The LORD said to Abram:
Go from your land,
and your father’s house
to the land that I will show you.
2 I will make you into a great nation,
I will bless you,
I will make your name great,
and you will be a blessing.
3 I will bless those who bless you,
I will curse anyone who treats you with contempt,
and all the peoples on earth
will be blessed through you.,
14 In those days King Amraphel of Shinar, King Arioch of Ellasar, King Chedorlaomer of Elam, and King Tidal of Goiim 2 waged war against King Bera of Sodom, King Birsha of Gomorrah, King Shinab of Admah, and King Shemeber of Zeboiim, as well as the king of Bela (that is, Zoar). 3 All of these came as allies to the Siddim Valley (that is, the Dead Sea).
They were subject to Chedorlaomer for twelve years, but in the thirteenth year they rebelled. 5 In the fourteenth year Chedorlaomer and the kings who were with him came and defeated the Rephaim in Ashteroth-karnaim, the Zuzim in Ham, the Emim in Shaveh-kiriathaim, 6 and the Horites in the mountains of Seir, as far as El-paran by the wilderness. 7 Then they came back to invade En-mishpat (that is, Kadesh), and they defeated the whole territory of the Amalekites, as well as the Amorites who lived in Hazazon-tamar.
Then the king of Sodom, the king of Gomorrah, the king of Admah, the king of Zeboiim, and the king of Bela (that is, Zoar) went out and lined up for battle in the Siddim Valley 9 against King Chedorlaomer of Elam, King Tidal of Goiim, King Amraphel of Shinar, and King Arioch of Ellasar—four kings against five. 10 Now the Siddim Valley contained many asphalt pits, and as the kings of Sodom and Gomorrah fled, some fell into them, but the rest fled to the mountains.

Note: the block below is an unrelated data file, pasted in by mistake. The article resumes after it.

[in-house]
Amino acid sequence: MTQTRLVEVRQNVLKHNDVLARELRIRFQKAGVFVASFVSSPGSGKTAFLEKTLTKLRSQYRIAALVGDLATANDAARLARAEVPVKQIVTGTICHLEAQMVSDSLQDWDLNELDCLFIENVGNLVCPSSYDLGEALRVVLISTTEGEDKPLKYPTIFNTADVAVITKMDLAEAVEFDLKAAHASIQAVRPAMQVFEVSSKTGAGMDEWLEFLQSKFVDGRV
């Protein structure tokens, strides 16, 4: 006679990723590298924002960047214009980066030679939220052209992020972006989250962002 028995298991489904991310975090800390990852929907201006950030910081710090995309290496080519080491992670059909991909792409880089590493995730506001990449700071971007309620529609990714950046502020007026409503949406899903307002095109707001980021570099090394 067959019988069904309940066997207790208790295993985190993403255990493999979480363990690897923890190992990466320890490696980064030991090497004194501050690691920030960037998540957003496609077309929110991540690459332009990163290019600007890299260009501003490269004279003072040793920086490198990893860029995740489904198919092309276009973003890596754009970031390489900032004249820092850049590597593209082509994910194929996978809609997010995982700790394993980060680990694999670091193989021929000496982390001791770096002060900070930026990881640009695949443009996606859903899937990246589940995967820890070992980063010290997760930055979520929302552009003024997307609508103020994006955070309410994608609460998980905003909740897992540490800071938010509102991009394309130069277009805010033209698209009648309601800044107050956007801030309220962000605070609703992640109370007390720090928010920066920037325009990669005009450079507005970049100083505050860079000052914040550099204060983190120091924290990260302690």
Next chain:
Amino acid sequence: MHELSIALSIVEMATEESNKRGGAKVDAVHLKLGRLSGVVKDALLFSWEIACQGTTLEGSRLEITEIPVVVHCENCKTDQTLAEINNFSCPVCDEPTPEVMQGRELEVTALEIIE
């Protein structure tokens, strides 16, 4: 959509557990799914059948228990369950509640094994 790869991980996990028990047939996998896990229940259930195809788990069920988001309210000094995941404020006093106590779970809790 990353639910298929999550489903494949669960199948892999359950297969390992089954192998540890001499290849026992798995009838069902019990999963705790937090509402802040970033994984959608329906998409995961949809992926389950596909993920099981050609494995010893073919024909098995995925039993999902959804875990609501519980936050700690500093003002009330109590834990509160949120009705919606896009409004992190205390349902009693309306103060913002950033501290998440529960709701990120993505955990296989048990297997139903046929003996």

One of the survivors came and told Abram the Hebrew, who lived near the oaks belonging to Mamre the Amorite, the brother of Eshcol and the brother of Aner. They were bound by a treaty with Abram. 14 When Abram heard that his relative had been taken prisoner, he assembled his 318 trained men, born in his household, and they went in pursuit as far as Dan. 15 And he and his servants deployed against them by night, defeated them, and pursued them as far as Hobah to the north of Damascus. 16 He brought back all the goods and also his relative Lot and his goods, as well as the women and the other people.
After Abram returned from defeating Chedorlaomer and the kings who were with him, the king of Sodom went out to meet him in the Shaveh Valley (that is, the King’s Valley). 18 Melchizedek, king of Salem,, brought out bread and wine; he was a priest to God Most High. 19 He blessed him and said:
Abram is blessed by God Most High,
Creator of heaven and earth,
20 and blessed be God Most High
who has handed over your enemies to you.
And Abram gave him a tenth of everything.
Then the king of Sodom said to Abram, “Give me the people, but take the possessions for yourself.”
22 But Abram said to the king of Sodom, “I have raised my hand in an oath to the LORD, God Most High, Creator of heaven and earth, 23 that I will not take a thread or sandal strap or anything that belongs to you, so you can never say, ‘I made Abram rich.’ 24 I will take nothing except what the servants have eaten. But as for the share of the men who came with me—Aner, Eshcol, and Mamre—they can take their share.”
In Genesis 13, we see God’s promises in action. The promises were reiterated in Gen 12 and Gen 13, but now God’s specific promise to “bless those who bless [Abram]” and curse those who mistreat Abram comes to the fore as battle rages (Gen 12:3). Against all odds, Abram sets out to reclaim a kinsman and boldly trusts Yahweh to protect him and help him right the wrong done to his family. Abram’s encounter with Melchizedek only reinforces his faith that Yahweh gave him this triumph, and his tithe to the priest of El Elyon serves as a practical testimony to Abram’s humble acknowledgement of his small, undeserved part in God’s larger plan.